I have too, and it is something that Winnipeg should start looking at.

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10 comments

  1. I have been talking about this forever. The current state of things is absurd, but there seems to be no interest in later service. Even one bus an hour would be better!


  2. Very true. This city would be better served by more frequent buses, running 24 hours/day on busy routes, than by the building of new busways.


  3. […] collectively. I was speaking about trains, but could’ve just as easily been talking about overnight bus service in Winnepeg, or community wireless internet. We don’t expect our police department to cover 50% of […]


  4. First of all I am a seven Day a week rider (and a senior) still working when I can catch a reliable bus (which is becoming a rarity).In the last six weeks I have 6 or 6 NO SHOWS.What should have taken me only 40 minutes(2 buses) on any day (including Sunday)
    I SHOULD HAVE LOGGED THEM.. I WILL NOW!!!!
    This has been primarily the 75 …On One occasion I was on a Breakdown.(75).While I waited for another bus the driver and I talked about why and he told me they chinced on the antifreeze consequently when it is 30 celcius boil over.They run better in the winter than summer (go figure)
    Transit is not saving money this way.They are squandering it. Transit claims to be losing money and is subsidized.Someone should tell the guy in Charge at the garage to service these vehicles properly or get rid of them.
    P.S. For the most part your drivers are excellent and sympathetic BUT YOUR SYSTEM SUCKS!!
    Incident in question recently
    At this particular stop on August 26th (Dakota & Bishop Grandin)There are normally about 3 people waiting on Sunday at 5:30 p.m..This time I counted 26 Very “UNHAPPY” people.Several of which were using cell phones for alternatives.
    A “NOT IN SERVICE” bus came by and told us it would be about 10 minutes or so. It turned out to be an additional 20 minutes on top of the time we had already waited.Why did this bus NOT pick US up?????
    IN Short you system SUCKS
    As a 30 yr transit rider and a senior THIS IS UNACCEPTABLE!!!
    If I ran my business like you do yours I would’ve been out of business 40 years ago.

    Sincerly
    KURT M. DONNELLY
    PH 204-663-1769_


  5. Is there an official complaint department for Winnipeg Transit? That is where this last comment should go.. Thank you..Kurt Donnelly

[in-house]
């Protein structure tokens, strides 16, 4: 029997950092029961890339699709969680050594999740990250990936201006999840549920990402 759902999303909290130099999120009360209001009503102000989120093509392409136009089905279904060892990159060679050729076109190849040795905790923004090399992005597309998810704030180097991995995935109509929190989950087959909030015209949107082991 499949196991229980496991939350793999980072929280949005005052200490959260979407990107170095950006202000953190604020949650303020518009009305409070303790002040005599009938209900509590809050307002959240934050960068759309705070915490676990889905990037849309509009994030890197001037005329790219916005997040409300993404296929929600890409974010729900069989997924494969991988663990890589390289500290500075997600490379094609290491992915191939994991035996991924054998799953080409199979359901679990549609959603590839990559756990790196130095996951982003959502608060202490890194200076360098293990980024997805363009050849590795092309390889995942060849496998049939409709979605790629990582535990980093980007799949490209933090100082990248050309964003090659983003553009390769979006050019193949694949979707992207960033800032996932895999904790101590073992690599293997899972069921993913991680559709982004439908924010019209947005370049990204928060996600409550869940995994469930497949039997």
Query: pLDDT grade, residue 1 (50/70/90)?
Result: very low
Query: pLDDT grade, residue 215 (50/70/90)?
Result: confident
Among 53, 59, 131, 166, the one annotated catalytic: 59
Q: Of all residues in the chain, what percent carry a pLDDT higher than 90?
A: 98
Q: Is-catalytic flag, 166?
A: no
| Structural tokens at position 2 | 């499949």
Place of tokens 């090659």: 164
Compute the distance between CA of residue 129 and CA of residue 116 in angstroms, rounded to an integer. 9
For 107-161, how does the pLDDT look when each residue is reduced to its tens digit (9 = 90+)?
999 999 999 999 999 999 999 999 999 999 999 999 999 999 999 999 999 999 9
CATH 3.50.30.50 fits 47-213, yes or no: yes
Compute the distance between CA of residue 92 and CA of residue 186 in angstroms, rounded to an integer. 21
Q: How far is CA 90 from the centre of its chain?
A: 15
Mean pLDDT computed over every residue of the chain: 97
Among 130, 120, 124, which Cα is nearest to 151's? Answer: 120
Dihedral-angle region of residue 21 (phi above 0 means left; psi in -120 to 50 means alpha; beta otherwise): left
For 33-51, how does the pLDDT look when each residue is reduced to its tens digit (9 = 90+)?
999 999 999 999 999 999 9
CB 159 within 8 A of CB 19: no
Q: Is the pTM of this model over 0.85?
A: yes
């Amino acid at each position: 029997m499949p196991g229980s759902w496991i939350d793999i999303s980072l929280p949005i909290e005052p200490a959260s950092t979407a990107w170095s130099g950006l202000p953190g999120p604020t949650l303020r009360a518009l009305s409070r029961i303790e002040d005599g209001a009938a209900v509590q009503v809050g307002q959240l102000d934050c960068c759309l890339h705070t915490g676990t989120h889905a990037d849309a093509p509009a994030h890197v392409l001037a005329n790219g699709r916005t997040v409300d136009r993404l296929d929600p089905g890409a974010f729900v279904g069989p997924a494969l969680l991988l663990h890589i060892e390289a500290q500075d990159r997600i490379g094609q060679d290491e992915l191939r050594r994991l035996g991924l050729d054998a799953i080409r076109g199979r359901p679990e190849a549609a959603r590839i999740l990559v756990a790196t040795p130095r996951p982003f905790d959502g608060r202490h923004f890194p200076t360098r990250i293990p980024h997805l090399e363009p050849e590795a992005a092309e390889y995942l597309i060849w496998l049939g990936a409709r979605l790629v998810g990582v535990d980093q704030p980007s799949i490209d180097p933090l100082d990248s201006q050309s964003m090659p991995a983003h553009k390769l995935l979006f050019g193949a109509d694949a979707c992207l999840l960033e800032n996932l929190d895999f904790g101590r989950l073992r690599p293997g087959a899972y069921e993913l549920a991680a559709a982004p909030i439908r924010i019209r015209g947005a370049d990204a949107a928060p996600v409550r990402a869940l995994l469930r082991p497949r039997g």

6. Hey Donnelly, quit your whining. If you don’t like Winnipeg Transit’s service, then go elsewhere. OR get a vehicle like the rest of us… Better yet..just shut the hell up because your not impressing anyone and no one really cares, just the whiners like yourself. get a life fool.
    p.s. One day I hope to hell that someone pisses off a transit driver and they take 50 ppl in the red river, maybe then ppl would understand that these damn drivers take alot of crap and do the best job they can. This would make lessons learned alright.


  7. your not impressing anyone and no one really cares, just the whiners like yourself. get a life fool.

    It’s you’re Sam Catz, you’re. Good luck with politics.


  8. The bus service in this city is crap. Sheer crap. What about someone who works nights I mean like from 4pm till 2:30 am 4 nights a week. How are they supose to get home, if for some reason there normal trasportation isn’t available or why should they have to refuse a job opportunity because of the crappy service. Yes that shift does exsist. Again i don’t understand at all when the bar doesn’t close till 2am why the bus stops running before. Where is the common sense in that? Would it not make sense that they would prefer us to take the bus and not drive? Hello? Be part of the solution Transit promotes. Why isn’t Transit being part of the solution?


  9. having a regular nightlife can make your life a very colorful one, i enjoy having nigh outs ;-“


  10. thanks